Digital Equity Means More Than Access

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John represents TPR Education, including The Princeton Review and tutor.com. They aim to highlight their services for all students and districts, emphasizing equity and support structures. John discusses the evolution of remote tutoring, especially its impact on underserved communities. He also addresses the changing landscape of test preparation, focusing on digital SAT and training teachers. Additionally, John outlines two key focuses for the event: high-dosage tutoring and integrating AI into their services for faster and more insightful support.

Conversation highlights:

  • Equity and Support: TPR Education emphasizes providing support structures for all students and districts, highlighting their services’ accessibility and effectiveness, particularly for underserved communities.
  • Evolution of Remote Tutoring: The transcript illustrates how remote tutoring has evolved, especially during the pandemic, becoming more accepted and beneficial for students, particularly those in underserved areas.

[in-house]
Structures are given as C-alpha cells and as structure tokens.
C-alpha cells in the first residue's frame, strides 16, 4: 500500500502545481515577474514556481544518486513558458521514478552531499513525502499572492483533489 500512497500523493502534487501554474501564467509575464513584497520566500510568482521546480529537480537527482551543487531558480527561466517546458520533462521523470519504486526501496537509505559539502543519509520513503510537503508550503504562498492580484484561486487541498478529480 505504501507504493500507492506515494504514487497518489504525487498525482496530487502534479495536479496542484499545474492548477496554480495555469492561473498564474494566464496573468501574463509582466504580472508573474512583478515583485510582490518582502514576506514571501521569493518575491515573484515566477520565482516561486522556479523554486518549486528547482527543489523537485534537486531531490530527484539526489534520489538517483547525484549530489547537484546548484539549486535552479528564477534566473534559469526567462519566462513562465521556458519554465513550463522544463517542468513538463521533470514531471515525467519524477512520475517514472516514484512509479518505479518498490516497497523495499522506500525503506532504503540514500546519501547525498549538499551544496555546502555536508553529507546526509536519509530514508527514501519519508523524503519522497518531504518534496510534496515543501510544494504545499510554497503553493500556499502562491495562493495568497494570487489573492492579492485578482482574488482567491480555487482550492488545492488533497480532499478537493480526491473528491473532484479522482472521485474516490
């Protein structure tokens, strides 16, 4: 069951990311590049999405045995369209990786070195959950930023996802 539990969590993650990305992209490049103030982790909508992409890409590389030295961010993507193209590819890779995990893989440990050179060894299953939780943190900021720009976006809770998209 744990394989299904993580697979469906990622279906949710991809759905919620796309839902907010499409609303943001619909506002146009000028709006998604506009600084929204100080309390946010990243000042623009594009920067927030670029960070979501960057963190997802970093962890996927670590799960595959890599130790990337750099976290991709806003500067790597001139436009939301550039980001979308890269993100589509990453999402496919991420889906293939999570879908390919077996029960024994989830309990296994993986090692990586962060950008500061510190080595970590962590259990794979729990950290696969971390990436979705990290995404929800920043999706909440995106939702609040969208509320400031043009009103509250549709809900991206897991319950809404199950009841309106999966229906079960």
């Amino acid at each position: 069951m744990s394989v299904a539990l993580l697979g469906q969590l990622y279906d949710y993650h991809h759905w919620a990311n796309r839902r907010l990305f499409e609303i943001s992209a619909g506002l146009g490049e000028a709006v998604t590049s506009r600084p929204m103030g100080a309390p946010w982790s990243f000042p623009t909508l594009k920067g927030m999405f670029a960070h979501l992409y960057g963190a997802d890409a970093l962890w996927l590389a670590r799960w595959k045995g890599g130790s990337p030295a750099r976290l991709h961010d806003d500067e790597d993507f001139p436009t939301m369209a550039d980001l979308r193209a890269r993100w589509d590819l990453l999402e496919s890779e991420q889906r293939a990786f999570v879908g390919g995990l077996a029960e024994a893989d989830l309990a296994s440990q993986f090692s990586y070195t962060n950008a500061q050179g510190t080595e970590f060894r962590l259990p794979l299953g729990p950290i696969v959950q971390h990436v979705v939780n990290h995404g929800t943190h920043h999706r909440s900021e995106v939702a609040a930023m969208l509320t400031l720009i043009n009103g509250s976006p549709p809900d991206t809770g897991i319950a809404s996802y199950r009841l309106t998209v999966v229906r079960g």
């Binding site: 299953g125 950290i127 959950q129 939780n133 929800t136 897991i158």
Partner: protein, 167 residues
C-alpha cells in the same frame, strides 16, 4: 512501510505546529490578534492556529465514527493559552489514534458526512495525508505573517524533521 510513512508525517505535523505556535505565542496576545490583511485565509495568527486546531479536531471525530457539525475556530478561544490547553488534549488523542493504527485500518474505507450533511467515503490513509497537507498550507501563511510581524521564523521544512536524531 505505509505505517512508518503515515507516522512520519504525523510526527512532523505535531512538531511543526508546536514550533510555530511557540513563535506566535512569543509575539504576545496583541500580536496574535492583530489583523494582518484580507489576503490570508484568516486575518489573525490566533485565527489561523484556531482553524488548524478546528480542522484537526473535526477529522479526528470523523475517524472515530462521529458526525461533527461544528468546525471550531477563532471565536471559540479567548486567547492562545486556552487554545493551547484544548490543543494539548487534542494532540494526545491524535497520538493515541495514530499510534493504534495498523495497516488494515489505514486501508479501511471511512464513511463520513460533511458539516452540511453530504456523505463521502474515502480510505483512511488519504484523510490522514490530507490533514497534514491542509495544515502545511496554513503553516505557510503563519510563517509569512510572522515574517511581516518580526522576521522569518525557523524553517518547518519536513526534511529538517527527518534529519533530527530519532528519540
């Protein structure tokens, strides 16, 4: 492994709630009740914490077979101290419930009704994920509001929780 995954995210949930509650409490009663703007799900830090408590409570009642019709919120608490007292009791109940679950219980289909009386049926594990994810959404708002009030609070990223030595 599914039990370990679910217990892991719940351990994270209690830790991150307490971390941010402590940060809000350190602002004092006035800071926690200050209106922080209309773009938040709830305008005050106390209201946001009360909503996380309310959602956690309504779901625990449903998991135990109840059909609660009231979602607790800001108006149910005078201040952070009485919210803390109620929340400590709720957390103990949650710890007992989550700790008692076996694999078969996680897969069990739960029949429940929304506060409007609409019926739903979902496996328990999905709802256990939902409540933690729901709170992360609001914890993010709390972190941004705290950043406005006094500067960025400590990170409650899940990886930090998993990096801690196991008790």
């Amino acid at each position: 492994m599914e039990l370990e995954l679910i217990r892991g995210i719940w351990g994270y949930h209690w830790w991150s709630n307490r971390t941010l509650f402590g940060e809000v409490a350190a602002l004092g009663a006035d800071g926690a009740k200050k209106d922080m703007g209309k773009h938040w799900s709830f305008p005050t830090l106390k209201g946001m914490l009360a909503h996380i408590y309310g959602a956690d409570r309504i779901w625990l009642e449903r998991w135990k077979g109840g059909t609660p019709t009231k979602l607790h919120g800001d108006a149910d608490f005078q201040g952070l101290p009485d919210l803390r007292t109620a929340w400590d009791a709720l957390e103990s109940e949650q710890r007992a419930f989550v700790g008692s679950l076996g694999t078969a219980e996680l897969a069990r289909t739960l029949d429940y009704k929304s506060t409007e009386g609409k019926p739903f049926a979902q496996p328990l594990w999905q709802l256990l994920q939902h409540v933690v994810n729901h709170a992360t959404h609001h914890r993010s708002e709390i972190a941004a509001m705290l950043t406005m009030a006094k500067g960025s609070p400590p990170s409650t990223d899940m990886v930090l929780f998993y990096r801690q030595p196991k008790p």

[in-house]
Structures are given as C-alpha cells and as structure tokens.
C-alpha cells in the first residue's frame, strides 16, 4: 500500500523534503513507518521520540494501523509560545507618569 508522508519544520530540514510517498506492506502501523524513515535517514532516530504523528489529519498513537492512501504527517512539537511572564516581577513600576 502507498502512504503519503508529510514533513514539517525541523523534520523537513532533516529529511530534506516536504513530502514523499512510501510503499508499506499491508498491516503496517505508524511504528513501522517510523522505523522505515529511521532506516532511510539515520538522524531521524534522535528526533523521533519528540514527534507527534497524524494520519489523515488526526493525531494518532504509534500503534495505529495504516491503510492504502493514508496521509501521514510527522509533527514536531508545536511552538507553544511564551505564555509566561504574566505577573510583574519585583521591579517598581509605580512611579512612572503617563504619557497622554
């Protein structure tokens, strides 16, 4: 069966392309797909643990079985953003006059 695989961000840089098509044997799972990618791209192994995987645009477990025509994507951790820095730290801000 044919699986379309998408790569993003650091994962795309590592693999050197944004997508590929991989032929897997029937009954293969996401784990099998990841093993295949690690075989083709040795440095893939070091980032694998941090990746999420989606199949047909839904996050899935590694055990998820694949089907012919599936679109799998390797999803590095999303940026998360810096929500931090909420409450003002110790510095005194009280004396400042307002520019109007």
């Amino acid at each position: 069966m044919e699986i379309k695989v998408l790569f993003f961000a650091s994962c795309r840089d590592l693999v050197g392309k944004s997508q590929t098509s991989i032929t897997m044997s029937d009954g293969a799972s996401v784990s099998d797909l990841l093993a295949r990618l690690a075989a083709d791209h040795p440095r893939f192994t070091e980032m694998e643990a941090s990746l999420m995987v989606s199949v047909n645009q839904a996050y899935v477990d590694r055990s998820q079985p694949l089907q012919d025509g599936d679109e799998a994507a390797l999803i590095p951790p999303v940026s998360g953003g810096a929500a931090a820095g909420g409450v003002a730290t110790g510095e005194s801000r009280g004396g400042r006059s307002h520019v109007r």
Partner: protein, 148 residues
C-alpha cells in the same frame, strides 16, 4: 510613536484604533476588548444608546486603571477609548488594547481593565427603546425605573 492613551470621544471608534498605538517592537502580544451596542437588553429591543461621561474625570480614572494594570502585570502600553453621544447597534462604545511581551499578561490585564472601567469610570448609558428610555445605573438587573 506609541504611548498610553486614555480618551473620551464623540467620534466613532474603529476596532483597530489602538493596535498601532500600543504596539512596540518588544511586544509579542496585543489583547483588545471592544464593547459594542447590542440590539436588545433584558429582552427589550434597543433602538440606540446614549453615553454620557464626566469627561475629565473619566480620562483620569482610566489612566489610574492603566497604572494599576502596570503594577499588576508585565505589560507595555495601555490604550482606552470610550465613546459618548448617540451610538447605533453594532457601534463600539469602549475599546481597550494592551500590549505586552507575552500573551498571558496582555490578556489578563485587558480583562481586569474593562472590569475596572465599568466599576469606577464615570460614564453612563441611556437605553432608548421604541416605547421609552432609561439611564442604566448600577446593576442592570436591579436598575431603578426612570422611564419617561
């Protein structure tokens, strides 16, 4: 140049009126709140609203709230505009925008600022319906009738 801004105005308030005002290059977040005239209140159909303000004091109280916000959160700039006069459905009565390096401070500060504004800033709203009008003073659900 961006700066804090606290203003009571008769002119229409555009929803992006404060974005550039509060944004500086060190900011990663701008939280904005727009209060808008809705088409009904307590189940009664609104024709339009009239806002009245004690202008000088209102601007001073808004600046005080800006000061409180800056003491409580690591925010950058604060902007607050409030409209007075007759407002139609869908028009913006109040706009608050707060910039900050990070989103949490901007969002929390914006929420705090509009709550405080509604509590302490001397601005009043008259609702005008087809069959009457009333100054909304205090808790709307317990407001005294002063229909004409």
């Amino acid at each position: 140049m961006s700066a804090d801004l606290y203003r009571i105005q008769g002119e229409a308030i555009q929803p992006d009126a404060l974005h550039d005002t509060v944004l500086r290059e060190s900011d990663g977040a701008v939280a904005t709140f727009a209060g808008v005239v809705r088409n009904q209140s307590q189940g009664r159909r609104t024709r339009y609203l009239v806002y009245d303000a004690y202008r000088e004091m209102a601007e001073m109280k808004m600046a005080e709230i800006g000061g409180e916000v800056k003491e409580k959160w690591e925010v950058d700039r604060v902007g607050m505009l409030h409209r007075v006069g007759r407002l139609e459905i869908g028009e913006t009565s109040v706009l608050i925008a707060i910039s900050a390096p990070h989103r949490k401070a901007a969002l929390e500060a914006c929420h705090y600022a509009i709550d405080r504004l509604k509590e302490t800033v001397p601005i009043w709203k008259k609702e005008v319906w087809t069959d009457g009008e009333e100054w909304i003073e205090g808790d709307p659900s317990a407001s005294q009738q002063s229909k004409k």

• Changing Landscape of Test Preparation: With the introduction of digital SATs and shifting educational priorities, there’s a focus on training teachers and providing effective test preparation services to adapt to these changes.
  • Focus on High-Dosage Tutoring and AI Integration: TPR Education is prioritizing high-dosage tutoring programs tailored to specific student needs and integrating AI into their services to provide faster and more insightful support, aiming to enhance student learning outcomes and streamline processes for educators and parents.

Below is a machine-generated transcript of the conversation

Kevin Hogan